Radical growth only possible if government unshackles the economy
The economic policies that a government chooses to implement have a material, lasting impact on the quality of life of its citizens. Where it is easier to create wealth, start businesses, get a job, and invest over the long-term, there people are on average much better off. Given South Africa’s trend of declining economic freedom since 2000, it is no surprise that we experience increased social strife and record-high unemployment.
According to the 2021 edition of the Fraser Institute’s Economic Freedom of the World (EFW) annual report, South Africa came in ranked 84th out of 165 jurisdictions measured. In the year 2000, the country was ranked 58th. The EFW measures economic freedom (levels of personal choice, ability to enter markets, security of privately owned property, rule of law, etc.) by analysing the policies and institutions of 165 countries and territories.
Across the five areas of the EFW, South Africa’s scores changed as follows (from 1 to 10, where a higher value indicates a higher level of economic freedom):
- Size of Government: improved to 7.00 from 5.59
- Legal System and Property Rights: worsened to 5.95 from 6.36
- Access to Sound Money: worsened to 8.25 from 8.10
- Freedom to Trade Internationally: improved to 6.50 from 6.47
- Regulation of Credit, Labour, and Business: worsened to 7.16 from 7.54
Our policy and business environments are not generally conducive to small and medium business activity, and it is generally difficult for any new, aspiring entrepreneurs and market entrants to wade through the sea of government bureaucracy. And without new, growing businesses, much-needed job opportunities will never be created.
Economic progress cannot be taken for granted. The necessary conditions and ingredients need to be in place for job- and wealth-creation to occur. Strong property rights, the rule of law, freedom of speech and a free press, ease of doing business, and a pro-investment environment – these institutions should inform any new policies that are considered and should be used to guide structural reforms. It will not do to implement reforms that increase the control of the state and suffocate freedom.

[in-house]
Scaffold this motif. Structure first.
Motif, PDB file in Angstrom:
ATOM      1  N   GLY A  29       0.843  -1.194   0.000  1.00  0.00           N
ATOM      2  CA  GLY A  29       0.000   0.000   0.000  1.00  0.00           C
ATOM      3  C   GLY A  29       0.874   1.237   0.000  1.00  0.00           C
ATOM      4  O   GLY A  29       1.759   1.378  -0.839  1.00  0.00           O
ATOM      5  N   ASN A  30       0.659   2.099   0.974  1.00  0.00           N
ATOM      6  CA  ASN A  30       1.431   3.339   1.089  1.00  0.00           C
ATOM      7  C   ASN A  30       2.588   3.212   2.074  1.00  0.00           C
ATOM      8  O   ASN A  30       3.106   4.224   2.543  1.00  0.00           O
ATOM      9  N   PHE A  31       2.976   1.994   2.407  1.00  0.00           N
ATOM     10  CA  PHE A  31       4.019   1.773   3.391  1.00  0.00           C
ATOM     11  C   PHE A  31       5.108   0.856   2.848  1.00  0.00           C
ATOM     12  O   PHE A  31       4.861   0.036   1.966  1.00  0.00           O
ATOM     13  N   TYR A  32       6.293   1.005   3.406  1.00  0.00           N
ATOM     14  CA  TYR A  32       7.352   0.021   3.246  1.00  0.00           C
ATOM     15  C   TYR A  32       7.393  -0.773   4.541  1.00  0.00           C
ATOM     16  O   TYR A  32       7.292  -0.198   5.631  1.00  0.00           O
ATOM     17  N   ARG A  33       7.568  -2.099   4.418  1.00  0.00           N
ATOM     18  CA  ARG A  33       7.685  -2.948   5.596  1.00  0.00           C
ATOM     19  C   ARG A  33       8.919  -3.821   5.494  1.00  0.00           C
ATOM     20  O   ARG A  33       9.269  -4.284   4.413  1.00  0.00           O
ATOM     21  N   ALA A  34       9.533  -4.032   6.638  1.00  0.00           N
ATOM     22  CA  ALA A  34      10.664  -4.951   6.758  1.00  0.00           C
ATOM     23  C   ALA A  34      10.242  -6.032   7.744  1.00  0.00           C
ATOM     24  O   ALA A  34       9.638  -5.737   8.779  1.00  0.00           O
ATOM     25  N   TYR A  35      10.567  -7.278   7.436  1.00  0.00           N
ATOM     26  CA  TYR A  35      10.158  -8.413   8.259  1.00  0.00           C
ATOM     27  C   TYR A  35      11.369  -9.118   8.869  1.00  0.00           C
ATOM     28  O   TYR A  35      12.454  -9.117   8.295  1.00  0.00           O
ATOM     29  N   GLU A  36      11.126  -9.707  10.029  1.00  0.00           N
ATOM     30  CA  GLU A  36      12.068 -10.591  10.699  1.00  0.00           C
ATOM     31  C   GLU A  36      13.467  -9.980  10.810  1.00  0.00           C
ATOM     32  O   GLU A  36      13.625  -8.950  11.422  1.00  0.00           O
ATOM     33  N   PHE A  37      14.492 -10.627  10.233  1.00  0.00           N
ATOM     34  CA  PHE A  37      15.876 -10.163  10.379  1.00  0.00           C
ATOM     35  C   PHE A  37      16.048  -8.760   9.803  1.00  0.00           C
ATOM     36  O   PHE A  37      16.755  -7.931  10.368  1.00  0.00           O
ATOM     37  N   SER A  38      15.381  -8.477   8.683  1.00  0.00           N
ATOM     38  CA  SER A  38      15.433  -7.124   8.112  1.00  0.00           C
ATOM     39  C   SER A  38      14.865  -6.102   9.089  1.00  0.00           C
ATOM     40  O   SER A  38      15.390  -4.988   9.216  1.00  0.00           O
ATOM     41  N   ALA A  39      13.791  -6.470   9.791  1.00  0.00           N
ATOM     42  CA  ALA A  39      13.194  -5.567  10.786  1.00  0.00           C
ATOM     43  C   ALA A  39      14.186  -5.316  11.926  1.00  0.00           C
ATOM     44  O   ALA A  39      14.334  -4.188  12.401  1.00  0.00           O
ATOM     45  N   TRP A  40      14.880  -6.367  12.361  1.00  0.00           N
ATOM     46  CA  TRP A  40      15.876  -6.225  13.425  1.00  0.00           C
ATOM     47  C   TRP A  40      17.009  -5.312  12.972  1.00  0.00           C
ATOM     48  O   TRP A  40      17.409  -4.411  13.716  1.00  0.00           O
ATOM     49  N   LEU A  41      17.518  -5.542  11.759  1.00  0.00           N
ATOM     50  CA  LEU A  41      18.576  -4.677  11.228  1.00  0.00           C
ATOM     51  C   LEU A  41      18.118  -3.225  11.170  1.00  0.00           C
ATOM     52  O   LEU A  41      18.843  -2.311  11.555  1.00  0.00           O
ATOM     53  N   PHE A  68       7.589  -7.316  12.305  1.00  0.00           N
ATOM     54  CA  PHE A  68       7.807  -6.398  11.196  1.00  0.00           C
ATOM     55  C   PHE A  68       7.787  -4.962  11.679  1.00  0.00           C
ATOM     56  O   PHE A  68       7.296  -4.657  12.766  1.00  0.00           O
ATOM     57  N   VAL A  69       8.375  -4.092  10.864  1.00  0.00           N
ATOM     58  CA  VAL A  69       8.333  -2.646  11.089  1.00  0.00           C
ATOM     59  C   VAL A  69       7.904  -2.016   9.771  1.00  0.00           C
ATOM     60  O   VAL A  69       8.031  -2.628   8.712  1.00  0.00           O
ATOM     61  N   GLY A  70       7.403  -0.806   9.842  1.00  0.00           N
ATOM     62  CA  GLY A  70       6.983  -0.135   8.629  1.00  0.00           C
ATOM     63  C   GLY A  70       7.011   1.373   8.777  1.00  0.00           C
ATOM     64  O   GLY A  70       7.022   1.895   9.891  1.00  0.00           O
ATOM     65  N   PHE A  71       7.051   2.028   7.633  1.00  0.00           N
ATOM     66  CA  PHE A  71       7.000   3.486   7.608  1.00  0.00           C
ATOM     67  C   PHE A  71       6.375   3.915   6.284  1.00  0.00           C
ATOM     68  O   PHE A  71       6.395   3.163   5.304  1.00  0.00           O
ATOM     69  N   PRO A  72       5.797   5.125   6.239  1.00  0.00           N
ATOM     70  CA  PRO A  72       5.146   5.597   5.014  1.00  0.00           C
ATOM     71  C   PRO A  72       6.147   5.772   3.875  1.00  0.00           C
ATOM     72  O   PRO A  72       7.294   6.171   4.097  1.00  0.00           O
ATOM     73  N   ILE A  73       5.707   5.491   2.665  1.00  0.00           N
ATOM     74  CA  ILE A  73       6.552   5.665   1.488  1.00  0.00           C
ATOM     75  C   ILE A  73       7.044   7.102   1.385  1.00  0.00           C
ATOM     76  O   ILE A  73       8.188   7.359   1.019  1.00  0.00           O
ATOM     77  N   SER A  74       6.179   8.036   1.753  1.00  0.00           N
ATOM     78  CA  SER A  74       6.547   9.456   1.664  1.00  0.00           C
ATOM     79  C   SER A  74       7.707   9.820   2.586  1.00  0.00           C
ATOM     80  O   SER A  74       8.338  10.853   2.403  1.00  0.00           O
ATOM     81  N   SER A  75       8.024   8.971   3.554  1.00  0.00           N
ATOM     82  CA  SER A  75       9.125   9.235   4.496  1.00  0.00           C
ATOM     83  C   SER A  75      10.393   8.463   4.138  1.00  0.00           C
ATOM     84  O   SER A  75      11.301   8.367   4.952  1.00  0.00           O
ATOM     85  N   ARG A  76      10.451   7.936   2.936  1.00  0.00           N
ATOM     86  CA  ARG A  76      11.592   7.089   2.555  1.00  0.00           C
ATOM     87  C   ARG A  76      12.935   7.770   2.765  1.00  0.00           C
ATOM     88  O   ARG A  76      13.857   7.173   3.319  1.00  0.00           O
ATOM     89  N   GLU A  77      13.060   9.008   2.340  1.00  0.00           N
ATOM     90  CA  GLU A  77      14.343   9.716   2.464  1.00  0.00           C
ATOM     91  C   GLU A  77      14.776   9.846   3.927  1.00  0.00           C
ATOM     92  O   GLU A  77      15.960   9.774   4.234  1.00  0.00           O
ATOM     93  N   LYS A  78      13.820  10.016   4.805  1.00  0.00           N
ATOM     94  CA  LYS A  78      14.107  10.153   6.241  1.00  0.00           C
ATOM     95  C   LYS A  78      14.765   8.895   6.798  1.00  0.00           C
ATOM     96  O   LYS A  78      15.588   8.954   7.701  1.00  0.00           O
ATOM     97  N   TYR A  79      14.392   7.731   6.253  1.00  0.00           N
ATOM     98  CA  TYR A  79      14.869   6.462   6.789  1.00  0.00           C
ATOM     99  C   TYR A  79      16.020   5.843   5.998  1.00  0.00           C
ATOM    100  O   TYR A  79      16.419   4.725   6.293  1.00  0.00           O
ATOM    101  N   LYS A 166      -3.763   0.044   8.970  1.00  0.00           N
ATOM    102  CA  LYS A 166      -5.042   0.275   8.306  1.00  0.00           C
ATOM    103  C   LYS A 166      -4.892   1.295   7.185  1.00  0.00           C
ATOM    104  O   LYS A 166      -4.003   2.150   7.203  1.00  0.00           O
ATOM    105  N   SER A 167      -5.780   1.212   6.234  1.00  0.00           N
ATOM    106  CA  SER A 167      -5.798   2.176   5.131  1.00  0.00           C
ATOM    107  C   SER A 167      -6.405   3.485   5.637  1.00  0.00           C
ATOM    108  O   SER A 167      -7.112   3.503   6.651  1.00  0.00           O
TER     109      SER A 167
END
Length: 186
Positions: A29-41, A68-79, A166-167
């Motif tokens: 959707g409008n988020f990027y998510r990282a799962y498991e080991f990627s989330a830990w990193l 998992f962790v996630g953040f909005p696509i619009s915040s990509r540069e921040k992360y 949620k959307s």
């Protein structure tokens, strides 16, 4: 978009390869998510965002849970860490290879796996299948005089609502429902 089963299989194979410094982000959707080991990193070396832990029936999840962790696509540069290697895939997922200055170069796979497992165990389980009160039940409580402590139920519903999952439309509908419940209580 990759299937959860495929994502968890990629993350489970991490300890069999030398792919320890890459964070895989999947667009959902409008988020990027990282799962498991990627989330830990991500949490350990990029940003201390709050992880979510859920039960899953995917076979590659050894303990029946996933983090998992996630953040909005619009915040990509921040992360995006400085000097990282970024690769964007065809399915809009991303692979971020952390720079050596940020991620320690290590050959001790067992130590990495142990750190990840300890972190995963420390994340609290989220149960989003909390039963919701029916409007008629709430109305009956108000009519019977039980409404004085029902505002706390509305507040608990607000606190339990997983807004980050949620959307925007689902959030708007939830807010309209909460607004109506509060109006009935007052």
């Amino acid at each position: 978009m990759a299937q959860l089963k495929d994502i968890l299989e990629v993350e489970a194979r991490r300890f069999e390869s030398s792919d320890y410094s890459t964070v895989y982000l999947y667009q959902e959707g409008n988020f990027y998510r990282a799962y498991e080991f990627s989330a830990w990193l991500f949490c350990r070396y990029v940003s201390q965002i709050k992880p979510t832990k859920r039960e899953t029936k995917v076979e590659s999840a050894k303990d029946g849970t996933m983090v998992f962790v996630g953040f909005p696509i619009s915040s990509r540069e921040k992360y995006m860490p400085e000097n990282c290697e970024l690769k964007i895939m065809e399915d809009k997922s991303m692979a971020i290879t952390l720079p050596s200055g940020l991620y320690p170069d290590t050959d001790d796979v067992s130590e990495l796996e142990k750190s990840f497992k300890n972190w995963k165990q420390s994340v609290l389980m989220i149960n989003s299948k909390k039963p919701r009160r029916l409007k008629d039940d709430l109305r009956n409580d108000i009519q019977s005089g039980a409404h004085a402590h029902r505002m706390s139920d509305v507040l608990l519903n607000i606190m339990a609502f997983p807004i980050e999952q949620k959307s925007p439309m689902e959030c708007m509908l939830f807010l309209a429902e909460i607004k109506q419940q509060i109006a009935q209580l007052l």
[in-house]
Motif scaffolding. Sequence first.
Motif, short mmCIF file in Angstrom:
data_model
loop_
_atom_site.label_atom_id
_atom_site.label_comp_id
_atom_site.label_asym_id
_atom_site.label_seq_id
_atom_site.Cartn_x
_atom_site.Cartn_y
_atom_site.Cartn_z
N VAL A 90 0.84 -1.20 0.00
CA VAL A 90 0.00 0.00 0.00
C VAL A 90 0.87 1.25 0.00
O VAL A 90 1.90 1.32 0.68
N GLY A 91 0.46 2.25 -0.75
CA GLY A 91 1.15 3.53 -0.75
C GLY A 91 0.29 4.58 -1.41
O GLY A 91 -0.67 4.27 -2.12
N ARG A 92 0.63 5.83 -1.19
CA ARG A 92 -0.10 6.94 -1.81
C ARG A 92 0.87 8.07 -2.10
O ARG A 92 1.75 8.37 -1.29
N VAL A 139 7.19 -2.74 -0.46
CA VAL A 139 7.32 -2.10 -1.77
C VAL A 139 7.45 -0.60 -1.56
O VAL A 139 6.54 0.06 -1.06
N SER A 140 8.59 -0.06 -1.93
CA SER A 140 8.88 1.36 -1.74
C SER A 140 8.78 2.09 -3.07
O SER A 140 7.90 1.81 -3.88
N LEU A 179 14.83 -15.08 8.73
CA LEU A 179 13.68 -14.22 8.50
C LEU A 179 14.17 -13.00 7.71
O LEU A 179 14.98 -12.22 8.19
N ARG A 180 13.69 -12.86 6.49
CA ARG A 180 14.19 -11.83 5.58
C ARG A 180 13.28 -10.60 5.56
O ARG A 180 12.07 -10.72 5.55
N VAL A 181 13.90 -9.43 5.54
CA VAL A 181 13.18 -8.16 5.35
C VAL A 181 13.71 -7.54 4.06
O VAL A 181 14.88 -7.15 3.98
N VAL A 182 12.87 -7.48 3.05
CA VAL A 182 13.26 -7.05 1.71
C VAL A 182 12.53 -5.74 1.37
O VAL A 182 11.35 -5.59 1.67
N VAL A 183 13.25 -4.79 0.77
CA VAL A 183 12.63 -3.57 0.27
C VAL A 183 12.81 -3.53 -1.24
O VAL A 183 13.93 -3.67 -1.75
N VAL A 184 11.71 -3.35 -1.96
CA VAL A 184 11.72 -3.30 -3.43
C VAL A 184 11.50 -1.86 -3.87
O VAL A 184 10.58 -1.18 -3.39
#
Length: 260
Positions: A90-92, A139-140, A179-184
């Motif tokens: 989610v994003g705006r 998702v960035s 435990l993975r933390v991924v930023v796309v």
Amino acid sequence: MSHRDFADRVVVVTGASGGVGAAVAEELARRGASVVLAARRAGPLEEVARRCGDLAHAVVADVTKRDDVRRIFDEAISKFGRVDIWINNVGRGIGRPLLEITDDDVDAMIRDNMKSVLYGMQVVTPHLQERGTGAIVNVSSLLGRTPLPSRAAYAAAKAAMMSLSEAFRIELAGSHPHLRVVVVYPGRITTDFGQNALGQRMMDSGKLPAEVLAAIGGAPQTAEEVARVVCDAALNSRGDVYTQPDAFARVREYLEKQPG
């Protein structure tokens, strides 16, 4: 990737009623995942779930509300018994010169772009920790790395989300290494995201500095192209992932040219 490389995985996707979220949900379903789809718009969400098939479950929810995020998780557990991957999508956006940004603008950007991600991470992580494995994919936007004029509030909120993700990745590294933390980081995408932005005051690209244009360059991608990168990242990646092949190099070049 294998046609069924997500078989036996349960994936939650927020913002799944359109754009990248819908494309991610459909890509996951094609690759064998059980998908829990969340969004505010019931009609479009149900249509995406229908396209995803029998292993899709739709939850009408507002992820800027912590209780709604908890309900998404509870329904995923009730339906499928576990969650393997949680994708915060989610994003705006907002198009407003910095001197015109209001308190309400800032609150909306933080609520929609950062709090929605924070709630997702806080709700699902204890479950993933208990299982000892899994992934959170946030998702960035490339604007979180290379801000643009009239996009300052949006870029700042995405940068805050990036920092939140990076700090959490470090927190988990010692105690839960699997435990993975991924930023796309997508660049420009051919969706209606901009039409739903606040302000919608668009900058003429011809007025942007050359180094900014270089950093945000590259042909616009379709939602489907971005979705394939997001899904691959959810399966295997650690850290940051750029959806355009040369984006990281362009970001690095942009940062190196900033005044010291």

Despite their proponents’ arguments that such policies are the answer for our economic woes, in reality these will drive away yet more investment and business activity from the country. In any event, South Africa has been trying several flavours of these policies for at least decades, if not centuries, and we know without a doubt that they cannot produce prosperity, no matter the political willpower.
It is incontrovertible that more economic freedom correlates strongly with increased quality and duration of life. Countries in the top quartile of the EFW had an average per capita GDP of US$50,619 (R723,085) in 2019, compared to US$5,911 (R84,437) for bottom quartile countries.
On average poverty rates are also lower; in the top quartile, 0.9% of the population experienced extreme poverty (US$0.90 a day) compared to 34.1% in the lowest quartile. It can also be taken as read that the poor in the former countries have access to generous social safety nets, whereas those in the latter must often fend for themselves.
There have been a few nominally good signs coming from government regarding reform but these risk being undermined and overshadowed by potential changes such as the fundamental destruction of property rights. Allowing electricity self-generation up 100 MW and an independent Ports Authority are excellent ideas.
However, implementation remains key. If the granting of permits in the self-generation sphere is delayed forever and subject to crony interests, it won’t do much to free South Africa from the government-enforced Eskom monopoly. If private investment in ports and rail infrastructure isn’t allowed to operate free from onerous state interference and meddling, the ‘reform’ also won’t amount to much.
No single county is perfect, and no government policy can deliver complete employment and perfect social utopia for all citizens’ needs. The great news for South Africa is that we can look to ideas and policies that have been proven to improve people’s economic prospects and quality of life – policies that increase economic freedom.
Indeed, the 2021 EFW indicates that South Africa has been overtaken by 15 former communist countries – the governments of those countries, many from the former Eastern European as East Asian blocs, have realised to varying degrees that they cannot simply redistribute their citizens into prosperity.
Before one can even consider welfare systems and basic income grants, one needs a robust, growing economy in which individual wealth creation is paramount. It has been tried and tested and shown that more economic freedom ensures more economic dynamism and growth. For as long as we continue down the path of state dependence and redistributionism, people will be forced to remain in dire circumstances of poverty and hunger.